So in my opinion (and at the end of the day, that’s all this is), this idea that there are “affirmative action” winners is based on the same shoot-from-the-hip assumptions that led you to designate me a progressive without knowing the first thing about me simply because you happen to disagree with me.

    • He argues that this is about representation and his aim is to introduce writers into the pool that are “normally ignored because they’re not popular with the little cliques that control voting” (Torgerson’s words) but it sounds like they’re both fine with this system so long as members of THEIR self-selected clique are the ones getting those accolades.

      It “sounds” like that to you maybe. I certainly don’t see it.

      I don’t believe these men are racists or homophobes but I don’t think they realize that not everyone is so gung-ho about the prospect of preserving or reviving the “good old days” when the aforementioned marginalized groups went unrecognized and that “popular little clique” was called mainstream society.

      This is nonsense. When you submitted a story in the past you often used a pseudonym, and you had no blog or any internet info for people to look you up. How are you being denied access to magazines? Because they didn’t want to publish stories openly celebrating liberal points of view?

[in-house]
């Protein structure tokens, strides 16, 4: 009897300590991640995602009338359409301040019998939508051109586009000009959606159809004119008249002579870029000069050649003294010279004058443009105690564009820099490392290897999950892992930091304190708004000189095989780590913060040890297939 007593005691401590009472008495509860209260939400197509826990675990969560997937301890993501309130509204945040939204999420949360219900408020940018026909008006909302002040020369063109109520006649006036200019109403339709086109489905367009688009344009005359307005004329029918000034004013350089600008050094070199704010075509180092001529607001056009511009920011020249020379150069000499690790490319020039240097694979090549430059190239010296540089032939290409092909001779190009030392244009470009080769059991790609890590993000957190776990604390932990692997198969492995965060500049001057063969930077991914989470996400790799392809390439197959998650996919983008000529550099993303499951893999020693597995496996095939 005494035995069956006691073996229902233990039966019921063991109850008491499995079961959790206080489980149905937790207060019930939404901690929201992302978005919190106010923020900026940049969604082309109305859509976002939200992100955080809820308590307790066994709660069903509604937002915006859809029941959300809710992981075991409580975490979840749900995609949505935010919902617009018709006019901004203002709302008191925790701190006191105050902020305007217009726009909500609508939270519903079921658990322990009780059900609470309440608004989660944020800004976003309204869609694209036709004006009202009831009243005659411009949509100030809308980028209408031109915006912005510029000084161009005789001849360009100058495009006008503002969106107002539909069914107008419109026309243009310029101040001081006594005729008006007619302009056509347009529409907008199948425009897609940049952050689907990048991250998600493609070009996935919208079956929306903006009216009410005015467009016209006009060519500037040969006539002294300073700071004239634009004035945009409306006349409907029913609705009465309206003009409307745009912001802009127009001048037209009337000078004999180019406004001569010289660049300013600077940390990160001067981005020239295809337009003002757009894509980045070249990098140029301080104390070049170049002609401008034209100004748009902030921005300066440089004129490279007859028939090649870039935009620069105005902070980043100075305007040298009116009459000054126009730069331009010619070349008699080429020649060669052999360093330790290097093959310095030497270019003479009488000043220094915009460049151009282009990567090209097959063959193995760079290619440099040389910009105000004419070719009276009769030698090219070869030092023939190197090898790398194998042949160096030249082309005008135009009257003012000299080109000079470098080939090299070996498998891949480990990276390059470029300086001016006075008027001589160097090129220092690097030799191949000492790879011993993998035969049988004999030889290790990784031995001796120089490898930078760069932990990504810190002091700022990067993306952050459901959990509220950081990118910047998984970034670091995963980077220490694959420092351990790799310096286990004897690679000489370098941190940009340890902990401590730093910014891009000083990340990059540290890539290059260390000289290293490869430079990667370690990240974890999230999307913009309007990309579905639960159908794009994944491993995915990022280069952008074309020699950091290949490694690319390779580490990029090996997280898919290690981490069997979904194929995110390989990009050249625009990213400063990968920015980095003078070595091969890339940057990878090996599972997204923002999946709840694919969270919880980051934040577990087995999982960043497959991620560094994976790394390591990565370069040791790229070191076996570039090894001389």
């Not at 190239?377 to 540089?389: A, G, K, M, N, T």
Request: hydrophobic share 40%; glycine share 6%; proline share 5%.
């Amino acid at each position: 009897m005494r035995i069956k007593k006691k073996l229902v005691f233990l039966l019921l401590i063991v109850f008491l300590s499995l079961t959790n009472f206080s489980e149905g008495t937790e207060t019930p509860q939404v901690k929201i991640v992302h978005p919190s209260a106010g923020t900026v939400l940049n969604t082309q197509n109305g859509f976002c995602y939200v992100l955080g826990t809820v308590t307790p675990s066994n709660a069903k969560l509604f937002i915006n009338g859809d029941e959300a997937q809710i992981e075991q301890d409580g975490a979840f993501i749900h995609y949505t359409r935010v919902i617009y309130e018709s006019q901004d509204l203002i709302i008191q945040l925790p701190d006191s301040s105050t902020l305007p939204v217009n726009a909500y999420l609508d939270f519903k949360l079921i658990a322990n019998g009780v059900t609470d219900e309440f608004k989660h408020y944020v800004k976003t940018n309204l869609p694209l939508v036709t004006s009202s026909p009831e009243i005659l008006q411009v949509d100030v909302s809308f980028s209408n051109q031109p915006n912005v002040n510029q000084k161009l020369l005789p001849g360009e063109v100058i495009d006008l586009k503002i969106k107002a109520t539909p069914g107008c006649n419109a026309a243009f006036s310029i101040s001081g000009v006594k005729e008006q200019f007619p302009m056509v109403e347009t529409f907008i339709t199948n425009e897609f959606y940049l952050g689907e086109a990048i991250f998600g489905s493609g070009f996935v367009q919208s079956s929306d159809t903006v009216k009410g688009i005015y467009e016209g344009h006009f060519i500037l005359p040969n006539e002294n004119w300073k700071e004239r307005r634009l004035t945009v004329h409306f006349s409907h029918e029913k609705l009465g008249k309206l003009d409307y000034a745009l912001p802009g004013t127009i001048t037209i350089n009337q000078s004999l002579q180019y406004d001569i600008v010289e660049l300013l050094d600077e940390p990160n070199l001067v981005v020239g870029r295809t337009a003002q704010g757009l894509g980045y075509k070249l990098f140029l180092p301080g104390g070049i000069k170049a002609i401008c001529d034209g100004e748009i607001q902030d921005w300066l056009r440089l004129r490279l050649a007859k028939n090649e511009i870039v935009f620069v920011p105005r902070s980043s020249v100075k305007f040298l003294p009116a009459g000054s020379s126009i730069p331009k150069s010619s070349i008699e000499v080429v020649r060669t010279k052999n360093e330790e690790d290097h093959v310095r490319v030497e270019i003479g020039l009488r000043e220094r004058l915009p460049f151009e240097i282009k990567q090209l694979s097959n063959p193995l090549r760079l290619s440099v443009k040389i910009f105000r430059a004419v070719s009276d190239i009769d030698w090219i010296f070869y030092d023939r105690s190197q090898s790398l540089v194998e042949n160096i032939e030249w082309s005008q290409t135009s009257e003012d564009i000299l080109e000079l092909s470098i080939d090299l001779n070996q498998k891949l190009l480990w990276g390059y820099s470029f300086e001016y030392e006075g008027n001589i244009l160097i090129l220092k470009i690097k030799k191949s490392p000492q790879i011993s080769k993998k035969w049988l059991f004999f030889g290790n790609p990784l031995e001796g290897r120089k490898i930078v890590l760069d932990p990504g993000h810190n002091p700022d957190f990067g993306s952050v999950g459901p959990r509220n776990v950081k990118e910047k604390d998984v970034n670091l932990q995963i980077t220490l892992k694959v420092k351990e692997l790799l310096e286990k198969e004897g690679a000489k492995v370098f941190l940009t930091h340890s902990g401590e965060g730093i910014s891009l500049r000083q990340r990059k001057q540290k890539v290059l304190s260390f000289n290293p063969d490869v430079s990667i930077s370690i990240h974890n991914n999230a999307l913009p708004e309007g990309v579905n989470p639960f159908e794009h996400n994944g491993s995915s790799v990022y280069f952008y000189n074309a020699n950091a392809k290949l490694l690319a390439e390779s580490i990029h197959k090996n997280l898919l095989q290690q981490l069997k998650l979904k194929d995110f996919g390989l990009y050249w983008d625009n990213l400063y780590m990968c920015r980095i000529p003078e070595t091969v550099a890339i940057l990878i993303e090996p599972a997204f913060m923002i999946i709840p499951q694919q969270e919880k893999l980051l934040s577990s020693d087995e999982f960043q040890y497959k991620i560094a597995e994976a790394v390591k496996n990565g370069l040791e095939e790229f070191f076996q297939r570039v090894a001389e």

Your comments about activism miss the point. Activism is fine; activism at the expense of story is the problem.

      • Tony Quick says:

        I think that we can agree without too much difficulty that it wasn’t a uniform practice for all science fiction writers to use pseudonyms. Genre writers have used pseudonyms of course. C.J. Cherryh and J.K. Rowling both used initials instead of their names because it was commonly accepted among publishers that women writers wouldn’t receive the same audience men would. James Tiptree Jr. (Alice Sheldon) used a pseudonym because she thought “a male name seemed like good camouflage. I had a feeling a man would slip by unobserved. I’ve had too many experiences in my life of being the first woman in some damned occupation.”

        Admittedly, there were writers who used pseudonyms for unrelated reasons. Ayn Rand’s pseudonym seemed to have nothing to do with gender disparity and John le Carre chose to write under a false name because as a former member of MI6 he wasn’t allowed to use his actual name. Even so, I think that the need (for some) to adopt a pseudonym and masquerade as male writers speaks to the situation for authors who didn’t conform to the accepted norm.